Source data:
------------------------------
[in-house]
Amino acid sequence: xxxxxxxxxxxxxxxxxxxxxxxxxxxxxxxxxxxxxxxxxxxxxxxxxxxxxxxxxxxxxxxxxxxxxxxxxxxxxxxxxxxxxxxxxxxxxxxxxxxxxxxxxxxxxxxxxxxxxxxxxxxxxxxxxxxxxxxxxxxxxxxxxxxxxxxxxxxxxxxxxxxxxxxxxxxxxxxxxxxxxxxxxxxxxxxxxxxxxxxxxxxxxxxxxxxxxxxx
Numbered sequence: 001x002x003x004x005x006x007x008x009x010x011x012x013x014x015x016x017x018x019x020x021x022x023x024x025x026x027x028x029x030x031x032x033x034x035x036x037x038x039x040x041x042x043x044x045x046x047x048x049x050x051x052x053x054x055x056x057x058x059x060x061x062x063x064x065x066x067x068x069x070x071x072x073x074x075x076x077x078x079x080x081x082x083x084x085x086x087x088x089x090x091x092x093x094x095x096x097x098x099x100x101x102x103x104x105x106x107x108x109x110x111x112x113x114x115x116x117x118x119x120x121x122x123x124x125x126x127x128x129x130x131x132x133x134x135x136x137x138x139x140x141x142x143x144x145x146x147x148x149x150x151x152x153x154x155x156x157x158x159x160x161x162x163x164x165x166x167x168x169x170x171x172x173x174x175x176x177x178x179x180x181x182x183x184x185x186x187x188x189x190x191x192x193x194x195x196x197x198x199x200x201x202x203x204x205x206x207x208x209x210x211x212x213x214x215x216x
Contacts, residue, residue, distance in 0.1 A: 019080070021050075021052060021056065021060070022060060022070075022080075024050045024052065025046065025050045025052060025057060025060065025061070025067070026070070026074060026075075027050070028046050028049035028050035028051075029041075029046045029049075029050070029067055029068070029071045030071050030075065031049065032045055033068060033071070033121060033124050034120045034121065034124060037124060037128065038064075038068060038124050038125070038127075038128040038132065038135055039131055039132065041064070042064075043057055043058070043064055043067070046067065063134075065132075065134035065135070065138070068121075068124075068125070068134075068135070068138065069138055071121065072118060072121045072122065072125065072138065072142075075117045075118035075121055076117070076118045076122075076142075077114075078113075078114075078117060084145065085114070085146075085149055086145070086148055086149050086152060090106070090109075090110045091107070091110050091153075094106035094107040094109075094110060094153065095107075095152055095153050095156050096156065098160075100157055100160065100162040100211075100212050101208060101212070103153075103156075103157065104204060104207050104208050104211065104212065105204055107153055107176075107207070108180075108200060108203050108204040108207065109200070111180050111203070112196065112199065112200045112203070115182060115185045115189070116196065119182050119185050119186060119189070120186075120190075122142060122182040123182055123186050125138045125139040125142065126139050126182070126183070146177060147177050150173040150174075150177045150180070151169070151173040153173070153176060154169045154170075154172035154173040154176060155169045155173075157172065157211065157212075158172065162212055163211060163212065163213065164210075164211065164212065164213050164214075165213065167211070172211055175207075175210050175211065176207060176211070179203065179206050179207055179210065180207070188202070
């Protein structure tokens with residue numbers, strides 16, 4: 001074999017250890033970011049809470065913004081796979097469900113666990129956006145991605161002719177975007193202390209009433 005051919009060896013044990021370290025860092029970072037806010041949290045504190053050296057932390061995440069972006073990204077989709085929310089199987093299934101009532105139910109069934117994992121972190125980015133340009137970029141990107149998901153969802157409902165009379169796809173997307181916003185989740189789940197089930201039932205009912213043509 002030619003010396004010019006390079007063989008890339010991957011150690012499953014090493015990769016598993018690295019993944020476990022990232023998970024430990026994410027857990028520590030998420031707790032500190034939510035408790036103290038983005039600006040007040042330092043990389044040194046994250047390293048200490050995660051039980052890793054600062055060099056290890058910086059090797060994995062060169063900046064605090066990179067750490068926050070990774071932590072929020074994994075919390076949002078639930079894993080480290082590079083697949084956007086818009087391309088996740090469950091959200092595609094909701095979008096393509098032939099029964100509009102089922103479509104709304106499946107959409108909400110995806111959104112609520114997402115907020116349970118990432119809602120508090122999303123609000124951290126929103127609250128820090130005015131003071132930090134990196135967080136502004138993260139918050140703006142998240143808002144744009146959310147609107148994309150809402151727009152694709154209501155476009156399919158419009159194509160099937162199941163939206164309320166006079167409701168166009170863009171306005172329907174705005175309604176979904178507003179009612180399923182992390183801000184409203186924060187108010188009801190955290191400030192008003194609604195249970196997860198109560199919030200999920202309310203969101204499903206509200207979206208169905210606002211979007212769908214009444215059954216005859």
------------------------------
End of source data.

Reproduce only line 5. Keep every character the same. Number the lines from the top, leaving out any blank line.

């Protein structure tokens with residue numbers, strides 16, 4: 001074999017250890033970011049809470065913004081796979097469900113666990129956006145991605161002719177975007193202390209009433 005051919009060896013044990021370290025860092029970072037806010041949290045504190053050296057932390061995440069972006073990204077989709085929310089199987093299934101009532105139910109069934117994992121972190125980015133340009137970029141990107149998901153969802157409902165009379169796809173997307181916003185989740189789940197089930201039932205009912213043509 002030619003010396004010019006390079007063989008890339010991957011150690012499953014090493015990769016598993018690295019993944020476990022990232023998970024430990026994410027857990028520590030998420031707790032500190034939510035408790036103290038983005039600006040007040042330092043990389044040194046994250047390293048200490050995660051039980052890793054600062055060099056290890058910086059090797060994995062060169063900046064605090066990179067750490068926050070990774071932590072929020074994994075919390076949002078639930079894993080480290082590079083697949084956007086818009087391309088996740090469950091959200092595609094909701095979008096393509098032939099029964100509009102089922103479509104709304106499946107959409108909400110995806111959104112609520114997402115907020116349970118990432119809602120508090122999303123609000124951290126929103127609250128820090130005015131003071132930090134990196135967080136502004138993260139918050140703006142998240143808002144744009146959310147609107148994309150809402151727009152694709154209501155476009156399919158419009159194509160099937162199941163939206164309320166006079167409701168166009170863009171306005172329907174705005175309604176979904178507003179009612180399923182992390183801000184409203186924060187108010188009801190955290191400030192008003194609604195249970196997860198109560199919030200999920202309310203969101204499903206509200207979206208169905210606002211979007212769908214009444215059954216005859």